Why train for a cause?

Team in Training Athlete Dr. Brett Kessler at the turnaround in Hawi

By Bill Plock

Dr. James DeGregori PhD
(Photo by Casey A. Cass/University of Colorado)

Those reasons often transition into causes and those causes are often taken on by a group of people working to help the same cause and obviously most of those causes involve medical conditions, awareness and advocacy.

Clearly many things motivate people to exercise, train and perhaps ultimately compete. We all know of someone inspired by unfortunate circumstances that might have impacted their life or of those they care about. The reasons are countless and often tear jerking and deeply personal.

This past week, 303radio sat down with Dr. James DeGregori PhD and Brett Kessler, DDS to talk about the community of like minded people they train with–Team and Training.

Team in Training is the largest charity endurance training program in the world. They have over 650,000 athletes that have raised over $1 billion to fight cancer, Leukemia and Lymphoma more specifically. Like many teams the connections and friends that are made ultimately make cause the greatest memories.

In this interview James and Brett talk about those connections, their own personal reasons and why’s, but more, they both know Leukemia and Lymphoma first hand as medical professionals that work directly with those effected and by doing research to help find a cure.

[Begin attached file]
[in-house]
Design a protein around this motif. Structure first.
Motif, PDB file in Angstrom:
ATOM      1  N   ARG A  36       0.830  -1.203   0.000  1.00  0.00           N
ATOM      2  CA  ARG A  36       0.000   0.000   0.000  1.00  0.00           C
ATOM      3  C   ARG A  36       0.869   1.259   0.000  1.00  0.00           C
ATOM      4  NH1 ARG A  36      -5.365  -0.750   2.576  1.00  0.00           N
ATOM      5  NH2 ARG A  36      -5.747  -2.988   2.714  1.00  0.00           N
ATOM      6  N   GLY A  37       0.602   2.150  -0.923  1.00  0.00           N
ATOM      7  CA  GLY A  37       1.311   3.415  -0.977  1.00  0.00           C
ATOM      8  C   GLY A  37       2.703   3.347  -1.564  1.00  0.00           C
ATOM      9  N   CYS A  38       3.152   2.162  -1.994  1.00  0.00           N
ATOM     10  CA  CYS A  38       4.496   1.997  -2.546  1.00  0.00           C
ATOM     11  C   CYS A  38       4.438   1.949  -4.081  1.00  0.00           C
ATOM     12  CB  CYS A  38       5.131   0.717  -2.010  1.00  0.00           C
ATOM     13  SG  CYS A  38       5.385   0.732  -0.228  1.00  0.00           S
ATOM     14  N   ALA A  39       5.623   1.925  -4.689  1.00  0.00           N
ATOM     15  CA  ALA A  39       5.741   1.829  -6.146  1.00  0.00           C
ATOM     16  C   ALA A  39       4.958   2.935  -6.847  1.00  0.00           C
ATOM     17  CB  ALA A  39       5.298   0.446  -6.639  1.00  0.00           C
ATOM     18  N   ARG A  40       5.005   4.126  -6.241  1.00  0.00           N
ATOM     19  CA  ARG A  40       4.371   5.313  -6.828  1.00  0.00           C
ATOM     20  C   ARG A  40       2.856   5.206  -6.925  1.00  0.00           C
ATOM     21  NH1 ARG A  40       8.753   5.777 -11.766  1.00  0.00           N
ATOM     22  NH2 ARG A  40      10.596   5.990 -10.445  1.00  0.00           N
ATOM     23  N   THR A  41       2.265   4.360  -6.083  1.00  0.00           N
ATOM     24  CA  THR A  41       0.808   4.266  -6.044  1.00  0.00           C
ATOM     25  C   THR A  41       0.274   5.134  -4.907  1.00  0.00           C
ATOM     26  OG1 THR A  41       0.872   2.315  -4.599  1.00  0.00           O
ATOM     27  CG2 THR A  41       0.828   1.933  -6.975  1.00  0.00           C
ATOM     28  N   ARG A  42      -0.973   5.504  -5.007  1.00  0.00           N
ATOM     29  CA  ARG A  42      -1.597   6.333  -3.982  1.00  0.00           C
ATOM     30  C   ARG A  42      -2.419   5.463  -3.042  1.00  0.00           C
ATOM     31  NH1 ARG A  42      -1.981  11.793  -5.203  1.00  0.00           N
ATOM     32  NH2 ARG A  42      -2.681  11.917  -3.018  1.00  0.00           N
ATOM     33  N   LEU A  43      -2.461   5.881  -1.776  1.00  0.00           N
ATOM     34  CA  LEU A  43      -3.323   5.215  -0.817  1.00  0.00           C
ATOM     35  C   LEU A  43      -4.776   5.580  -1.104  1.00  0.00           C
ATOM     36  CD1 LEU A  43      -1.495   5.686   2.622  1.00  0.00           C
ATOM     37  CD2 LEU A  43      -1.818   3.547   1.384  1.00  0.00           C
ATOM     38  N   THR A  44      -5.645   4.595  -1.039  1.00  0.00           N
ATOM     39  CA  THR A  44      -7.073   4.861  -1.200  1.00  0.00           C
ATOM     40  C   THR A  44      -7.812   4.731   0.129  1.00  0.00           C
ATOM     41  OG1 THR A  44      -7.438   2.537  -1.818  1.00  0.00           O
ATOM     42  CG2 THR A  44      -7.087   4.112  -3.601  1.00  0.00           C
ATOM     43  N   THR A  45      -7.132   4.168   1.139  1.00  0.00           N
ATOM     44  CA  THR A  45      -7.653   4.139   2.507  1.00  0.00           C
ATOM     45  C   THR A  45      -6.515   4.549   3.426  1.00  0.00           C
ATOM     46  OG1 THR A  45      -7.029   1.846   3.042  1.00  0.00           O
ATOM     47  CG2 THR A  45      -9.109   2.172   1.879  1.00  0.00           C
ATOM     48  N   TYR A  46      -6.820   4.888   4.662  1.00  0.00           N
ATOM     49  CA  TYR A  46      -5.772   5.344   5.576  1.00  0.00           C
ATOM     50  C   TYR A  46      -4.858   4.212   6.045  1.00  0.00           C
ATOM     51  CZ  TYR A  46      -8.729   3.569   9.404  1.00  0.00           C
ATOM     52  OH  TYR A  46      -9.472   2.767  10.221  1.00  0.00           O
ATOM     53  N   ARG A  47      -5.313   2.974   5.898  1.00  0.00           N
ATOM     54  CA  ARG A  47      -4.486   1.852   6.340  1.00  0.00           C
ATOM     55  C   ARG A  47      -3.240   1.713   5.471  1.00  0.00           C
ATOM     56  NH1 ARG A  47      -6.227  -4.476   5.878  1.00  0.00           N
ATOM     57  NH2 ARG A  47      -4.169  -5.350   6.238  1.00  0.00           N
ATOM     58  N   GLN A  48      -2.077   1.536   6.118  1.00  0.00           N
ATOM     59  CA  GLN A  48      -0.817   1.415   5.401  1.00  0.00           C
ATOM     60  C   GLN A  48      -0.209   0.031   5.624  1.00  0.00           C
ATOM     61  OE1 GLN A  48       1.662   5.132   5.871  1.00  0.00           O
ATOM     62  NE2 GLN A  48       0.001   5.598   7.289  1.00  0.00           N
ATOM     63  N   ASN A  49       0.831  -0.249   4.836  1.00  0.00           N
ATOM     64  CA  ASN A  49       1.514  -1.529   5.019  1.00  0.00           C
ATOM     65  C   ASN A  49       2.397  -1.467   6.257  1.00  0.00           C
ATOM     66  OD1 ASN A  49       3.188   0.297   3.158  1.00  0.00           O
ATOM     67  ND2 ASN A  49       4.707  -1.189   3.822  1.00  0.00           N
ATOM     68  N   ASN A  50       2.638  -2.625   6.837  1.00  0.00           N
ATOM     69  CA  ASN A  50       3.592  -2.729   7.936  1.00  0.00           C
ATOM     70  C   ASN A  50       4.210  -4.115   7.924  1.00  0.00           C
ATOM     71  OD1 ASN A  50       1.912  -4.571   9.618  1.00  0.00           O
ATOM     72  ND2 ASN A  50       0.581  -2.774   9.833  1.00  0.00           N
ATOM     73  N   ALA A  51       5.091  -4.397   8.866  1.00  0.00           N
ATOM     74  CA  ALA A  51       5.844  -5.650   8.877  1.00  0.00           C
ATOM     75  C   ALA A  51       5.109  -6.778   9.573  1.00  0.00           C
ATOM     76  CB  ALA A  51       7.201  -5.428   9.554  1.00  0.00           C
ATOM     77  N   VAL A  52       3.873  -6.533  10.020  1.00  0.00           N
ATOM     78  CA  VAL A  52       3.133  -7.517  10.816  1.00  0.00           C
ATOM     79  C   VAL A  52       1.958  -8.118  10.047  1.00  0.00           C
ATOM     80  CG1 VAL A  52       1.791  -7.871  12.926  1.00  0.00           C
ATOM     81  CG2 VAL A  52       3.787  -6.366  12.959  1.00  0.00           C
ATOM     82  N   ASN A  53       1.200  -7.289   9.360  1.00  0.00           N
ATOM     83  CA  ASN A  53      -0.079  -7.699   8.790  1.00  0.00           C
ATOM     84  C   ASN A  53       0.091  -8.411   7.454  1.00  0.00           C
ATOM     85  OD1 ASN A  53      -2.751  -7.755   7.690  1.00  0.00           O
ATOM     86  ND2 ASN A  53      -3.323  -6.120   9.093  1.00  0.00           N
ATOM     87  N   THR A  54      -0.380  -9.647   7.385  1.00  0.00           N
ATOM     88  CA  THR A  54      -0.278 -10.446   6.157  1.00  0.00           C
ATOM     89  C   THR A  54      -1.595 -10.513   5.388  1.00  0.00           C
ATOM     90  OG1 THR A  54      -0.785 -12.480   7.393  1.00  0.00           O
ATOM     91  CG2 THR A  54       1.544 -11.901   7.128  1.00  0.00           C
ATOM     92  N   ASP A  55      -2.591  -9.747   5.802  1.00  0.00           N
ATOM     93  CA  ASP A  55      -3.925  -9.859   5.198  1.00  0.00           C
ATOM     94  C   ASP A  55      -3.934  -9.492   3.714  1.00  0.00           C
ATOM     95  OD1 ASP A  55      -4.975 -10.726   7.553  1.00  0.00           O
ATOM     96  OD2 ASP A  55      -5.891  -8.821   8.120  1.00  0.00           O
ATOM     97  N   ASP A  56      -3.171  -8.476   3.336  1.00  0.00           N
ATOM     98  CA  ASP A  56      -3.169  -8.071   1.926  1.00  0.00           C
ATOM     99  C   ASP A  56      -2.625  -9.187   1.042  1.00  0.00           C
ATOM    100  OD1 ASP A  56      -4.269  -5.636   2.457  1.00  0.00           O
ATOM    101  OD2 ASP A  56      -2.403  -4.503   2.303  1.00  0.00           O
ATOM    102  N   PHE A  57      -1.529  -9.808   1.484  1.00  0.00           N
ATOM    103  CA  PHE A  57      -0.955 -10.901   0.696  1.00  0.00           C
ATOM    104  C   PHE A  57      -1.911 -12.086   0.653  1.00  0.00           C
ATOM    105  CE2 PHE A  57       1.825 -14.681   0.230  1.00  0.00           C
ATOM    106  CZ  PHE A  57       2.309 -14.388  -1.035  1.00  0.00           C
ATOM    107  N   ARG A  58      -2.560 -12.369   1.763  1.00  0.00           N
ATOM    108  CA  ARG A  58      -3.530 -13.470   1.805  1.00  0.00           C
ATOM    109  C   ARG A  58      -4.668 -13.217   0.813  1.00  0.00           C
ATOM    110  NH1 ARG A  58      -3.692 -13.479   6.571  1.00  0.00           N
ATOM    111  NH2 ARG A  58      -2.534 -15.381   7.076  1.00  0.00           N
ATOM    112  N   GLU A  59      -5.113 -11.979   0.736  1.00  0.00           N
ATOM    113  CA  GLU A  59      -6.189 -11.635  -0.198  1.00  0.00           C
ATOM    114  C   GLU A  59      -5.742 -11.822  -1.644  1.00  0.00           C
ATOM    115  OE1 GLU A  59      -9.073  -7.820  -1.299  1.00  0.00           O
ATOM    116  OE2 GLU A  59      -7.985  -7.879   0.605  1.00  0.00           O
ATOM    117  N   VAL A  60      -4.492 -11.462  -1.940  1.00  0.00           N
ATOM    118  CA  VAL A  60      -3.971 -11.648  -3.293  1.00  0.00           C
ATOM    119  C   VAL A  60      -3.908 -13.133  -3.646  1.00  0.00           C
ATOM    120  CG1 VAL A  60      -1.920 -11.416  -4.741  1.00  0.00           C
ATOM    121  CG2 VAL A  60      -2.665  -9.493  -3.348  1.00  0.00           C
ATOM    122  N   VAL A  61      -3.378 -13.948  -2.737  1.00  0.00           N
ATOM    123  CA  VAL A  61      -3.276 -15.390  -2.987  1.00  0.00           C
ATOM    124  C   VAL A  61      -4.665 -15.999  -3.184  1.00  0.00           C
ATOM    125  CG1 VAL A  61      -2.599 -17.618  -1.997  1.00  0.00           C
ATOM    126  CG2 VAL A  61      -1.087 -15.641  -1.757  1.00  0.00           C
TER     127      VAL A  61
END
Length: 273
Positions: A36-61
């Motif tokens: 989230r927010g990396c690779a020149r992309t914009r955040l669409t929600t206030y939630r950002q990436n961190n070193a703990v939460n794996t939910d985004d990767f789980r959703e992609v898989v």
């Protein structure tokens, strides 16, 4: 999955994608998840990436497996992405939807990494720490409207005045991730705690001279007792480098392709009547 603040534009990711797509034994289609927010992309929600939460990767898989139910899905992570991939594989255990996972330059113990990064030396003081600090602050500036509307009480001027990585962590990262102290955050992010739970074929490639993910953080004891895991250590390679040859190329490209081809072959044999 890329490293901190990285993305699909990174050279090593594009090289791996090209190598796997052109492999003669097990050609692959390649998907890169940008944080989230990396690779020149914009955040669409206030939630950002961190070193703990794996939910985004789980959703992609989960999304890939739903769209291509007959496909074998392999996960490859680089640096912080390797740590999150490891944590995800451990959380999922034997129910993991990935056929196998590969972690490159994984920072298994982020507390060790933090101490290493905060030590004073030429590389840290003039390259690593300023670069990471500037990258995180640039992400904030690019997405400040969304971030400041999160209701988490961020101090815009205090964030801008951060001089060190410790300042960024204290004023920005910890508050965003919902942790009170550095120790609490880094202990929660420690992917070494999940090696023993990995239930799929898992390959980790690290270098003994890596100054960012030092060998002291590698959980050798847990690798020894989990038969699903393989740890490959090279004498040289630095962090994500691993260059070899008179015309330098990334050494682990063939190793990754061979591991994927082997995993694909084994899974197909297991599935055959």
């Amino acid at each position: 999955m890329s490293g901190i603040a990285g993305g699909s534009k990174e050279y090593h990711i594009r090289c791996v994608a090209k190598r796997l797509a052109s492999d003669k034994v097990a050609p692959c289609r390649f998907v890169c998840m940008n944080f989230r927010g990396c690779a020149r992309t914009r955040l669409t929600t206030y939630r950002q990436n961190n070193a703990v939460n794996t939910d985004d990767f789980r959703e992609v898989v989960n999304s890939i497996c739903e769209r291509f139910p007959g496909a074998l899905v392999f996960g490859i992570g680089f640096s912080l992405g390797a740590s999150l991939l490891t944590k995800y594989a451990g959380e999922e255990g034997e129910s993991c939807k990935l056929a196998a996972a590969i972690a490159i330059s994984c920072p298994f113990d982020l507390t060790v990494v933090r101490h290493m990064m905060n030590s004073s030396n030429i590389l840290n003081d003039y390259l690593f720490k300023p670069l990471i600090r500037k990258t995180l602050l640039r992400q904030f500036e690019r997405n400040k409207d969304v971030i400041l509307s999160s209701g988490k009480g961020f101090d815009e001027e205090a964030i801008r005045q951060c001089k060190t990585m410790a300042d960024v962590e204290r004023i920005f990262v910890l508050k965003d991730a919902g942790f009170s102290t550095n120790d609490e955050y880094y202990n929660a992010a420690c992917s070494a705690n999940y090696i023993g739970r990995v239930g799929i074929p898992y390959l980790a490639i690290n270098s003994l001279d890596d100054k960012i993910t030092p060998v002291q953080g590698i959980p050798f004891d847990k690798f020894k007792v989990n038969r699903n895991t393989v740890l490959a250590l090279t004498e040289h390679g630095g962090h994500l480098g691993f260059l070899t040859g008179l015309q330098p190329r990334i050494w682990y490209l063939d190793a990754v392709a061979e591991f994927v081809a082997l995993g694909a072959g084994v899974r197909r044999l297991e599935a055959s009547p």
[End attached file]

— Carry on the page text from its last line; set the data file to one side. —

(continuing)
Not only will you learn how Team in Training helped them compete in century rides, marathons and even the IRONMAN World Championship in Kona, but you will learn a little about the disease from people on the front lines and extremely driven advocates that will likely offer you some inspiration into your own why.

Research Participants Needed

My name is Todd Buckingham and I am a triathlete and PhD student at Michigan State. I’m doing my dissertation on triathletes and specifically, I’m looking at the variables our Garmin multisport watch measures.

 

It can be difficult for triathletes to tell what’s actually important to pay attention to with all the data the watch provides. This is why I am trying to see if any of the factors measured by the watch correlate with faster finish times in each of the three disciplines.

All the athletes have to do is take a short survey after completing an Olympic distance triathlon with his/her multisport watch. It can be ANY Oly race, anywhere! After wearing the watch during the race and pushing the ‘lap’ button after each discipline, they just have to copy the link to his/her data from Garmin Connect and paste it to the end of the survey.

 

Here is a link to Todd’s research website that has all of the details and instructions.

 

Here’s a link to Todd’s blog page